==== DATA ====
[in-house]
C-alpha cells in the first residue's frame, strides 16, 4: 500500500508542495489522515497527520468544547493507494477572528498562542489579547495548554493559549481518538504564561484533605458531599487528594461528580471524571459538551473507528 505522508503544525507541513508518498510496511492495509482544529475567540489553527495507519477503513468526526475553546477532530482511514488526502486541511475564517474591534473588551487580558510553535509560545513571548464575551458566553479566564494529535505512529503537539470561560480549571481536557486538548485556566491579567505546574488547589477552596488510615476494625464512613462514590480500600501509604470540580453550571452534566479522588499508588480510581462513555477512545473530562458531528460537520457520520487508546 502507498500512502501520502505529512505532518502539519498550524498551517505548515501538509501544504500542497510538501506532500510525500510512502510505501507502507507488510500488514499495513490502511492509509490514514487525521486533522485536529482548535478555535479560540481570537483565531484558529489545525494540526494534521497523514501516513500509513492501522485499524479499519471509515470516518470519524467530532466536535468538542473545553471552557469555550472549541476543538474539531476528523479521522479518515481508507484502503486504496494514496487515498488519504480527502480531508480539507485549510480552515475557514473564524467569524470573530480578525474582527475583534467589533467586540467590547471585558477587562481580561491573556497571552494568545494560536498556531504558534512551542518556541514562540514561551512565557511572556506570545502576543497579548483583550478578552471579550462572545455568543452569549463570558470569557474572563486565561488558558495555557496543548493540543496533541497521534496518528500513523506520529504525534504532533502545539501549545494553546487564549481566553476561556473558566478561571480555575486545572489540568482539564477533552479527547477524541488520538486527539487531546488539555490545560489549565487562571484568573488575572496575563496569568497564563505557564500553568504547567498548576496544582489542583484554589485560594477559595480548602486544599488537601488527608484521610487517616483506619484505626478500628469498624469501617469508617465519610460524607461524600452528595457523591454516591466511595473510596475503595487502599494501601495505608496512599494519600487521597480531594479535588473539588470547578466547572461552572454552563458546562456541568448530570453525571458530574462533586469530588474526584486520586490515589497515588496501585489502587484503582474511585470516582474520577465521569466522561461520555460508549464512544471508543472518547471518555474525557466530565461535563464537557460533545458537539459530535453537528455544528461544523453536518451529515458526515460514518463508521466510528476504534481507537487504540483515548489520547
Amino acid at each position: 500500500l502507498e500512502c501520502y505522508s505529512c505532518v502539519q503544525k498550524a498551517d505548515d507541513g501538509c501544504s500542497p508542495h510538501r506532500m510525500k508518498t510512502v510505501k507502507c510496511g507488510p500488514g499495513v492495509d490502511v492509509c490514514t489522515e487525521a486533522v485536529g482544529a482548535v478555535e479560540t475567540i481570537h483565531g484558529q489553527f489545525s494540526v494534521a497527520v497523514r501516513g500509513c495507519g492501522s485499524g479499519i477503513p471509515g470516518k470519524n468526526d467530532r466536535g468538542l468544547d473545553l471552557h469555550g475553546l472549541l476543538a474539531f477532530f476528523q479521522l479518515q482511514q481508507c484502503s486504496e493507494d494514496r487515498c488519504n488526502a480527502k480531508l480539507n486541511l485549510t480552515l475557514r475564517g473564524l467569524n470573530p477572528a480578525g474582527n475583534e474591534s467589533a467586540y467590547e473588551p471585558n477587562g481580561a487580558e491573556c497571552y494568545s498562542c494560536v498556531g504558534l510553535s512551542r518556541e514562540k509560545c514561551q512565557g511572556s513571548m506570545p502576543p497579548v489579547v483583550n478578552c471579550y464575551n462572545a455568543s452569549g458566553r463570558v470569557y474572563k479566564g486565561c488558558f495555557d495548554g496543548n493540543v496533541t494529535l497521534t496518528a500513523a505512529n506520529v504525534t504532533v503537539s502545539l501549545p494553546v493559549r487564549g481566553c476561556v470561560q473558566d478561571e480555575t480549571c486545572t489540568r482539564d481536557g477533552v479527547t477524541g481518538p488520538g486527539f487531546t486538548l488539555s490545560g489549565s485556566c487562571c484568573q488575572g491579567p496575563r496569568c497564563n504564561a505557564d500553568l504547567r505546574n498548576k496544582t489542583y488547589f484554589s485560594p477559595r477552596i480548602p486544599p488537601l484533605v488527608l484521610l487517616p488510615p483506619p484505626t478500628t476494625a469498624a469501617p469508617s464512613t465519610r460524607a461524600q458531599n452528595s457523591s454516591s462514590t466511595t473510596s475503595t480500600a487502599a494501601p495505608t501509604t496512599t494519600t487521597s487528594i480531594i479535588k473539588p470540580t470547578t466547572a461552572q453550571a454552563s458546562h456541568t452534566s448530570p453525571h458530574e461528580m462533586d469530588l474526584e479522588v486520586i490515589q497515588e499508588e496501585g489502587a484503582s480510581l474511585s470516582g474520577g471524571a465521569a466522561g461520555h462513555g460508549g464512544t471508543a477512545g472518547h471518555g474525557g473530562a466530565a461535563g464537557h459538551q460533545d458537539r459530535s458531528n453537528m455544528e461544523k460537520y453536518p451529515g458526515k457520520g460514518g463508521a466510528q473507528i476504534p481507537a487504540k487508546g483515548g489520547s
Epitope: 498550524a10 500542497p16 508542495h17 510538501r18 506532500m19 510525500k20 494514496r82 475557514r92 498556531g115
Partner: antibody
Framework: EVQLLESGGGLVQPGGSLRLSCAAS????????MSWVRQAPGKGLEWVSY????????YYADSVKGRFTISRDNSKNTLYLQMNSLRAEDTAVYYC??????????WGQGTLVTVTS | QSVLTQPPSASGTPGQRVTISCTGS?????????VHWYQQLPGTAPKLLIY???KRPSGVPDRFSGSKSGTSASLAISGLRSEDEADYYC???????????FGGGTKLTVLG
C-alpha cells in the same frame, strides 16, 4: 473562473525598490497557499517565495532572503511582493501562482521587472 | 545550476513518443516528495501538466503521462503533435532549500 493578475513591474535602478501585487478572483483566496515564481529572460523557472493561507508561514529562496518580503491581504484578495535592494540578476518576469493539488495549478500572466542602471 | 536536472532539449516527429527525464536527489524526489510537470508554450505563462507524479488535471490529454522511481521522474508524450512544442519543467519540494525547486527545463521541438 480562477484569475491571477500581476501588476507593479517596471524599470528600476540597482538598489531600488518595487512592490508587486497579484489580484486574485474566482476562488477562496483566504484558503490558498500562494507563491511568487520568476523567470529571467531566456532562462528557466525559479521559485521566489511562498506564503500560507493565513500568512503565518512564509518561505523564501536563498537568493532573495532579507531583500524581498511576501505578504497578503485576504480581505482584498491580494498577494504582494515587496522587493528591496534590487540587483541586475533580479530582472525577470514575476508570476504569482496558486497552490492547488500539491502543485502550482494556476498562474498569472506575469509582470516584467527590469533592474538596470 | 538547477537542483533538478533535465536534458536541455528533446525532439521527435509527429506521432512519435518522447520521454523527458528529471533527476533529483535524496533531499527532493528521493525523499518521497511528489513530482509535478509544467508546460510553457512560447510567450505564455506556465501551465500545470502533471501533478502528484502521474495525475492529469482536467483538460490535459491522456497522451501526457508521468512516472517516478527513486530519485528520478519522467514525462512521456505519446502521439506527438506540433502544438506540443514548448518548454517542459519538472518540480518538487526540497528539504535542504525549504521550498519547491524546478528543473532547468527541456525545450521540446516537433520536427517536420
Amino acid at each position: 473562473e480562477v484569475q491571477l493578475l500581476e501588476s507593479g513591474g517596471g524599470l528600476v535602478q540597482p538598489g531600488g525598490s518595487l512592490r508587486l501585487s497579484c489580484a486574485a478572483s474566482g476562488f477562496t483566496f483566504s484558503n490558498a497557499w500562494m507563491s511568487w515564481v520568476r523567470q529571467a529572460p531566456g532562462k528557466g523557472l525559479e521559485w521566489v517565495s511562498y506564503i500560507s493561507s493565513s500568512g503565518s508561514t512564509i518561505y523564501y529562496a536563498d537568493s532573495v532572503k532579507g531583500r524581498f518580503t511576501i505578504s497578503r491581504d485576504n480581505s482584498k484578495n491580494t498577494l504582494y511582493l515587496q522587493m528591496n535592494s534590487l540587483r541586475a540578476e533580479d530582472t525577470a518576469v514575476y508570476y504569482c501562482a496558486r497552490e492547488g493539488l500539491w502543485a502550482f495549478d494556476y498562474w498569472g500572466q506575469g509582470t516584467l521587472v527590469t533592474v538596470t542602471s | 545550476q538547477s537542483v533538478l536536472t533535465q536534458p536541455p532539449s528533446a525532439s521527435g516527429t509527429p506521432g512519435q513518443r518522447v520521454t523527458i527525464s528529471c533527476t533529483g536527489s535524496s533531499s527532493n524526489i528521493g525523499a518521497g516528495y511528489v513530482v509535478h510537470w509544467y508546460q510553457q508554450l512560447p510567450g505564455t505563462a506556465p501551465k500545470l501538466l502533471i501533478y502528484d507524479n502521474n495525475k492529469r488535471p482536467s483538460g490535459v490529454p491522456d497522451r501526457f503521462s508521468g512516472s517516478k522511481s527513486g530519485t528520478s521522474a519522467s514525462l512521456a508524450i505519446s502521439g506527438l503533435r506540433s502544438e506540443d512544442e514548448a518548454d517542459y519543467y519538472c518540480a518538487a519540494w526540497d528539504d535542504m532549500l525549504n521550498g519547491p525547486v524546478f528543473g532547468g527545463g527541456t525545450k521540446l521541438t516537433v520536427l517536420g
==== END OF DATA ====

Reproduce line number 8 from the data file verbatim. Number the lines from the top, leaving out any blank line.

Amino acid at each position: 473562473e480562477v484569475q491571477l493578475l500581476e501588476s507593479g513591474g517596471g524599470l528600476v535602478q540597482p538598489g531600488g525598490s518595487l512592490r508587486l501585487s497579484c489580484a486574485a478572483s474566482g476562488f477562496t483566496f483566504s484558503n490558498a497557499w500562494m507563491s511568487w515564481v520568476r523567470q529571467a529572460p531566456g532562462k528557466g523557472l525559479e521559485w521566489v517565495s511562498y506564503i500560507s493561507s493565513s500568512g503565518s508561514t512564509i518561505y523564501y529562496a536563498d537568493s532573495v532572503k532579507g531583500r524581498f518580503t511576501i505578504s497578503r491581504d485576504n480581505s482584498k484578495n491580494t498577494l504582494y511582493l515587496q522587493m528591496n535592494s534590487l540587483r541586475a540578476e533580479d530582472t525577470a518576469v514575476y508570476y504569482c501562482a496558486r497552490e492547488g493539488l500539491w502543485a502550482f495549478d494556476y498562474w498569472g500572466q506575469g509582470t516584467l521587472v527590469t533592474v538596470t542602471s | 545550476q538547477s537542483v533538478l536536472t533535465q536534458p536541455p532539449s528533446a525532439s521527435g516527429t509527429p506521432g512519435q513518443r518522447v520521454t523527458i527525464s528529471c533527476t533529483g536527489s535524496s533531499s527532493n524526489i528521493g525523499a518521497g516528495y511528489v513530482v509535478h510537470w509544467y508546460q510553457q508554450l512560447p510567450g505564455t505563462a506556465p501551465k500545470l501538466l502533471i501533478y502528484d507524479n502521474n495525475k492529469r488535471p482536467s483538460g490535459v490529454p491522456d497522451r501526457f503521462s508521468g512516472s517516478k522511481s527513486g530519485t528520478s521522474a519522467s514525462l512521456a508524450i505519446s502521439g506527438l503533435r506540433s502544438e506540443d512544442e514548448a518548454d517542459y519543467y519538472c518540480a518538487a519540494w526540497d528539504d535542504m532549500l525549504n521550498g519547491p525547486v524546478f528543473g532547468g527545463g527541456t525545450k521540446l521541438t516537433v520536427l517536420g